1 teaspoon dark sesame oil, plus 1 teaspoon
3 cloves garlic, minced
2 tablespoons minced fresh ginger
1 tablespoon sugar
4 tablespoons rice wine vinegar
1/2 teaspoon Asian chile sauce
8 cups chicken broth
1 lb. chicken tenders or boneless, skinless chicken breast, cut crosswise into thin strips
4 cups chopped Chinese vegetables or Napa cabbage
2 cups sliced fresh mushrooms
1 (8-ounce) package rice noodles, prepared according to packing directions
1/2 cup chopped fresh cilantro leaves
6 scallions, thinly sliced on the bias

Mix soy sauce, mirin, 1 teaspoon of the sesame oil, garlic, ginger, sugar, vinegar, and chile paste in a small bowl.
Heat the broth in a medium saucepan. Add the soy sauce mixture, the chicken, and the vegetables and bring to a boil.

Lower heat and simmer until chicken is cooked through, about 5 minutes.

Add the remaining 1 teaspoon sesame oil. Taste and adjust seasonings.
Pour over prepared Chinese noodles. Garnish with cilantro and scallions.


Monday, November 5, 2007

Welcome, Autumn! Better Late Than Never

Come, said the wind to the leaves one day,
Come o're the meadows and we will play.
Put on your dresses scarlet and gold,
For summer is gone and the days grow cold.

Autumn slipped in while I wasn't looking. It sneaked right by me, hiding under November's coat tails. But, it is unmistakably here. I can feel it. Yesterday morning, there was a crispness in the air that wasn't there the day before. The breeze was cool and dry. If you squint your eyes and look really, really carefully, you can almost see the difference in the air.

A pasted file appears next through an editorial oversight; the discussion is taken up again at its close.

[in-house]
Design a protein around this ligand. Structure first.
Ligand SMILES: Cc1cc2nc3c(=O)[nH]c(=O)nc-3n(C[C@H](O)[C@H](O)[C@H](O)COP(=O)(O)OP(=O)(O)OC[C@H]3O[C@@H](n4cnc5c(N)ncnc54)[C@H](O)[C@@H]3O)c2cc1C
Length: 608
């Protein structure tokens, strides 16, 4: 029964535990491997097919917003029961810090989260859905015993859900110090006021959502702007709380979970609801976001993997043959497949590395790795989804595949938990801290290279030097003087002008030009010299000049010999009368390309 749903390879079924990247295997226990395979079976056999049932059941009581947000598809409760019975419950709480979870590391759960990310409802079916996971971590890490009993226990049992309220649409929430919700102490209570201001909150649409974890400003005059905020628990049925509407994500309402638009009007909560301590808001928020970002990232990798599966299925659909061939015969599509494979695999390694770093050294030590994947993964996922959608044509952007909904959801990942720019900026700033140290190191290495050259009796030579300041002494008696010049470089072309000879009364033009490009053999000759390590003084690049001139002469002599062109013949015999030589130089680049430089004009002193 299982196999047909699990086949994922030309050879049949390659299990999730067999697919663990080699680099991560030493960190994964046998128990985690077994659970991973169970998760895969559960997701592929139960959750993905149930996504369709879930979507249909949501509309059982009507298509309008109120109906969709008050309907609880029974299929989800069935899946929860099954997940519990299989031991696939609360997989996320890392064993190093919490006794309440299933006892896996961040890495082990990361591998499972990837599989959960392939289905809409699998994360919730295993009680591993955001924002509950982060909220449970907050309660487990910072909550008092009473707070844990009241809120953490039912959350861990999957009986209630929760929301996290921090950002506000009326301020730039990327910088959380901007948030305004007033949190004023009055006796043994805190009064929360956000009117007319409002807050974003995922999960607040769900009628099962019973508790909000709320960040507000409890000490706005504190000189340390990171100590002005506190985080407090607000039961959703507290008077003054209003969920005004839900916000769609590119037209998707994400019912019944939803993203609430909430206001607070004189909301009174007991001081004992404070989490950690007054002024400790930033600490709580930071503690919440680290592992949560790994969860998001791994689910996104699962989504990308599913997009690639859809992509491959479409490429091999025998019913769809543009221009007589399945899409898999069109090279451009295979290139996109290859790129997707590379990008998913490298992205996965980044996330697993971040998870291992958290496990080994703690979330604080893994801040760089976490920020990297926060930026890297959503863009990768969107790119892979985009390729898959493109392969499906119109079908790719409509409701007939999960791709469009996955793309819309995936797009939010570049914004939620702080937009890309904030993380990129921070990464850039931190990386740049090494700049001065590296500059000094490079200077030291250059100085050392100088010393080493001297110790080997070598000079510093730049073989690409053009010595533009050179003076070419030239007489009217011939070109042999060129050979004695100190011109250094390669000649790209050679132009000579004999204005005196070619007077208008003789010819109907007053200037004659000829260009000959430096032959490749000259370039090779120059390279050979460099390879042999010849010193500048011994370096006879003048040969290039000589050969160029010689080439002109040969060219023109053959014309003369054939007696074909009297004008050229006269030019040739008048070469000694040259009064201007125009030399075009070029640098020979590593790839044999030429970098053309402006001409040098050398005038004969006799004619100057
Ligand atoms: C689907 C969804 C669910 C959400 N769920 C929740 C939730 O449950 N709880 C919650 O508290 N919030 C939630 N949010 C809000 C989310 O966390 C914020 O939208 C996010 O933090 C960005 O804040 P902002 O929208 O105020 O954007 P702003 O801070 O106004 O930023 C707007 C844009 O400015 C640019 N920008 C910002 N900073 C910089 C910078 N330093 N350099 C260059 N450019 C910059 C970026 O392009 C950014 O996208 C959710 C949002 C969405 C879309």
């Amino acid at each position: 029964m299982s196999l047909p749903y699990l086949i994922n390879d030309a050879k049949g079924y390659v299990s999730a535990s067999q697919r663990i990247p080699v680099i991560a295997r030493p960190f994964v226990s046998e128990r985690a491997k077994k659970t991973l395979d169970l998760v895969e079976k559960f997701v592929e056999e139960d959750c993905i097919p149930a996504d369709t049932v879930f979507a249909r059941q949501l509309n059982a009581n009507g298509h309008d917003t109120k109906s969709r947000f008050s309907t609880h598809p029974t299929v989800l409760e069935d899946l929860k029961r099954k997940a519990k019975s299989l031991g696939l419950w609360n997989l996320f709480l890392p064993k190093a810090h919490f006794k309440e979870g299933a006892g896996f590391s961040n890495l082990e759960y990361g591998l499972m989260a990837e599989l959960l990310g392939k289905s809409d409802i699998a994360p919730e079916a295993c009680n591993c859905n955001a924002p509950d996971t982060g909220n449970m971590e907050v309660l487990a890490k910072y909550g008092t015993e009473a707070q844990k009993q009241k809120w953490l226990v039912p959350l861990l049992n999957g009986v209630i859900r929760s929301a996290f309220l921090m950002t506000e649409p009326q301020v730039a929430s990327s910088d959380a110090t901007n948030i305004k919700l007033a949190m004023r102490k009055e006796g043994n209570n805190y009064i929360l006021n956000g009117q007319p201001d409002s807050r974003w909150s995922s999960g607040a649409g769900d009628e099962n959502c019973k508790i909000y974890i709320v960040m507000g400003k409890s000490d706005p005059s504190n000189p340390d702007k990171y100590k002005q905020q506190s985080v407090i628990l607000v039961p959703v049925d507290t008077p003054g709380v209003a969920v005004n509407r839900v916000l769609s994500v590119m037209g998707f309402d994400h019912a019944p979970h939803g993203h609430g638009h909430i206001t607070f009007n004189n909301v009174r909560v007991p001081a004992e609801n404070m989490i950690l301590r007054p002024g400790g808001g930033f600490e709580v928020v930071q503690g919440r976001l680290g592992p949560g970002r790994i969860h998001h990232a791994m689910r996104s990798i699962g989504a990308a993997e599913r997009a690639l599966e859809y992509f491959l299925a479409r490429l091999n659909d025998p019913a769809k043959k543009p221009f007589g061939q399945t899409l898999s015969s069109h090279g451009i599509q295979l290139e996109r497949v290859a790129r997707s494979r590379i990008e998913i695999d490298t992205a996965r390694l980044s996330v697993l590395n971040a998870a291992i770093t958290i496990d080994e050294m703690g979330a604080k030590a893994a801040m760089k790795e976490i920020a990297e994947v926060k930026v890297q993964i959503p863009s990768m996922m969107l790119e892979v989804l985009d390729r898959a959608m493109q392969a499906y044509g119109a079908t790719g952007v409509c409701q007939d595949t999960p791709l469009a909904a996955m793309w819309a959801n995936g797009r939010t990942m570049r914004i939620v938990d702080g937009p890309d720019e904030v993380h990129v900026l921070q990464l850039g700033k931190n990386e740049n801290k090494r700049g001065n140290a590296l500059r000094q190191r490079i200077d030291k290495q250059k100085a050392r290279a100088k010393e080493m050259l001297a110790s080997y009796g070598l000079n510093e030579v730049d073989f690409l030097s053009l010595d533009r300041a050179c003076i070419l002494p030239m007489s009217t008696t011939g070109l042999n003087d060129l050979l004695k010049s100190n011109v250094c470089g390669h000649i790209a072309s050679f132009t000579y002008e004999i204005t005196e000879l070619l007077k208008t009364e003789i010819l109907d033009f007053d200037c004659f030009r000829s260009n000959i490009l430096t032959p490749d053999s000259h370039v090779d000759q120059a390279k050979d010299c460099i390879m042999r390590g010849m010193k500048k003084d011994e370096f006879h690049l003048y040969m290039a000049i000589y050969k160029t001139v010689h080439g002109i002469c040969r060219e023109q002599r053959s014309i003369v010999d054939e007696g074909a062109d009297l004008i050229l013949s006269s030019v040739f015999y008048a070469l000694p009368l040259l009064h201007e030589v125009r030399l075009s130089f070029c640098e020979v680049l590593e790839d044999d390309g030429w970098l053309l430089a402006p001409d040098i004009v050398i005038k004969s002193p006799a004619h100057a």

Living in Florida, it isn't always easy to pinpoint when the seasons change. There often is no rhyme or reason to our weather. It can be 85 degrees on one December day and 45 the next. I've learned to live with this, though I don't like it. Even though I have lived here for most of my life, I still miss the loud and riotous entry the Fall makes when it appears in the North.
As I read all of my fellow bloggers' accounts of blazing carpets of leaves on the ground and nippy nights, I'm a little jealous. When I see all of the comforting pumpkin soups and deeply satisfying roasted root vegetables being presented, I am wistful. How can I take advantage of Autumn's bounty when the temperature outside is still balmy and humid and hot? I want to, but it feels out of sync. It's seems almost hypocritical! I suppose I could toss a cinnamon stick and some nutmeg into my pina colada and pretend, but I would still know. So, when the temperature finally dipped below 60 degrees, albeit for only a few short hours, I seized my opportunity and turned on the oven.
I made a pumpkin pie - a deliciously spicy, sweet and smooth autumnal offering. As it baked, I basked in the heady fragrance of cinnamon, clove, nutmeg and ginger. The pie was good...really good. Fluffy, yet rich and creamy, it was a respectable way to welcome the season. Better late than never.
I have included the recipe for the pie crust, though I did not use it for this pie. I still had some left over crust in my freezer from the apple pie I made a few weeks ago. You'll note that the recipe for the filling and the topping calls for mascarpone cheese. I just can't get enough of that stuff! This addition gave the pie an almost mousse-like quality. I think that the next time I make this pie, (and I will), I might add extra mascarpone to see if I can get more of a cheesecake texture. Also, even though it was not in the original recipe, I drizzled a little homemade dulce de leche over the top, because I happened to have some, thanks to Pim. I think it really added some pizzazz.